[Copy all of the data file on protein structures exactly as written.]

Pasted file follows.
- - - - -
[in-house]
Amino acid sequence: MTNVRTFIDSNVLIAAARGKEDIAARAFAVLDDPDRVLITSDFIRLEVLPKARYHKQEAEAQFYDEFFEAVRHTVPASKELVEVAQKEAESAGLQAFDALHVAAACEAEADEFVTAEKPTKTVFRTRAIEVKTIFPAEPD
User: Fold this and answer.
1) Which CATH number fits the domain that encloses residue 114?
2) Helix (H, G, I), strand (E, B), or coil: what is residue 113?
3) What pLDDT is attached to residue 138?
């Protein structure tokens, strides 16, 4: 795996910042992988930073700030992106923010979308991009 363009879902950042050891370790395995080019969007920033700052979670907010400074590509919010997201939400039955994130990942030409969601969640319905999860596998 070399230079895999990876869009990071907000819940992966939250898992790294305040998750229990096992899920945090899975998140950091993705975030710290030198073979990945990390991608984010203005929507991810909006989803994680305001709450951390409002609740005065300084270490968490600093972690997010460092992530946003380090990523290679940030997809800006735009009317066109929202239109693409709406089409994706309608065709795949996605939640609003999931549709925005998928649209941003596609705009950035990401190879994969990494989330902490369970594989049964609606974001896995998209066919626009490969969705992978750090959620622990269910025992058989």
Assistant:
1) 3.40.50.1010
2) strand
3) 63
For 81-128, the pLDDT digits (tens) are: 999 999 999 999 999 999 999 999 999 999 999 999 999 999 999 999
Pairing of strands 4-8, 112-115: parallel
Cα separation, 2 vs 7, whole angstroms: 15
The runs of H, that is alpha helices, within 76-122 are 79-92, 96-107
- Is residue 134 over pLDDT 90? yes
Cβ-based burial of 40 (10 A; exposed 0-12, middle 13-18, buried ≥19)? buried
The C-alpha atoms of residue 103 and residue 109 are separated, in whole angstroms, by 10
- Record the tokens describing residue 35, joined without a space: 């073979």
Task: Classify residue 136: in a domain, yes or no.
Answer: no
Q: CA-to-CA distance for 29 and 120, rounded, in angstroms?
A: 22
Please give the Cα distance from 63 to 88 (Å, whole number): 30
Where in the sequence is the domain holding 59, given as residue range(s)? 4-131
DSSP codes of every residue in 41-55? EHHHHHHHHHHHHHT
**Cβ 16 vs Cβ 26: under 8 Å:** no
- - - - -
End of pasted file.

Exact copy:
[in-house]
Amino acid sequence: MTNVRTFIDSNVLIAAARGKEDIAARAFAVLDDPDRVLITSDFIRLEVLPKARYHKQEAEAQFYDEFFEAVRHTVPASKELVEVAQKEAESAGLQAFDALHVAAACEAEADEFVTAEKPTKTVFRTRAIEVKTIFPAEPD
User: Fold this and answer.
1) Which CATH number fits the domain that encloses residue 114?
2) Helix (H, G, I), strand (E, B), or coil: what is residue 113?
3) What pLDDT is attached to residue 138?
């Protein structure tokens, strides 16, 4: 795996910042992988930073700030992106923010979308991009 363009879902950042050891370790395995080019969007920033700052979670907010400074590509919010997201939400039955994130990942030409969601969640319905999860596998 070399230079895999990876869009990071907000819940992966939250898992790294305040998750229990096992899920945090899975998140950091993705975030710290030198073979990945990390991608984010203005929507991810909006989803994680305001709450951390409002609740005065300084270490968490600093972690997010460092992530946003380090990523290679940030997809800006735009009317066109929202239109693409709406089409994706309608065709795949996605939640609003999931549709925005998928649209941003596609705009950035990401190879994969990494989330902490369970594989049964609606974001896995998209066919626009490969969705992978750090959620622990269910025992058989």
Assistant:
1) 3.40.50.1010
2) strand
3) 63
For 81-128, the pLDDT digits (tens) are: 999 999 999 999 999 999 999 999 999 999 999 999 999 999 999 999
Pairing of strands 4-8, 112-115: parallel
Cα separation, 2 vs 7, whole angstroms: 15
The runs of H, that is alpha helices, within 76-122 are 79-92, 96-107
- Is residue 134 over pLDDT 90? yes
Cβ-based burial of 40 (10 A; exposed 0-12, middle 13-18, buried ≥19)? buried
The C-alpha atoms of residue 103 and residue 109 are separated, in whole angstroms, by 10
- Record the tokens describing residue 35, joined without a space: 């073979």
Task: Classify residue 136: in a domain, yes or no.
Answer: no
Q: CA-to-CA distance for 29 and 120, rounded, in angstroms?
A: 22
Please give the Cα distance from 63 to 88 (Å, whole number): 30
Where in the sequence is the domain holding 59, given as residue range(s)? 4-131
DSSP codes of every residue in 41-55? EHHHHHHHHHHHHHT
**Cβ 16 vs Cβ 26: under 8 Å:** no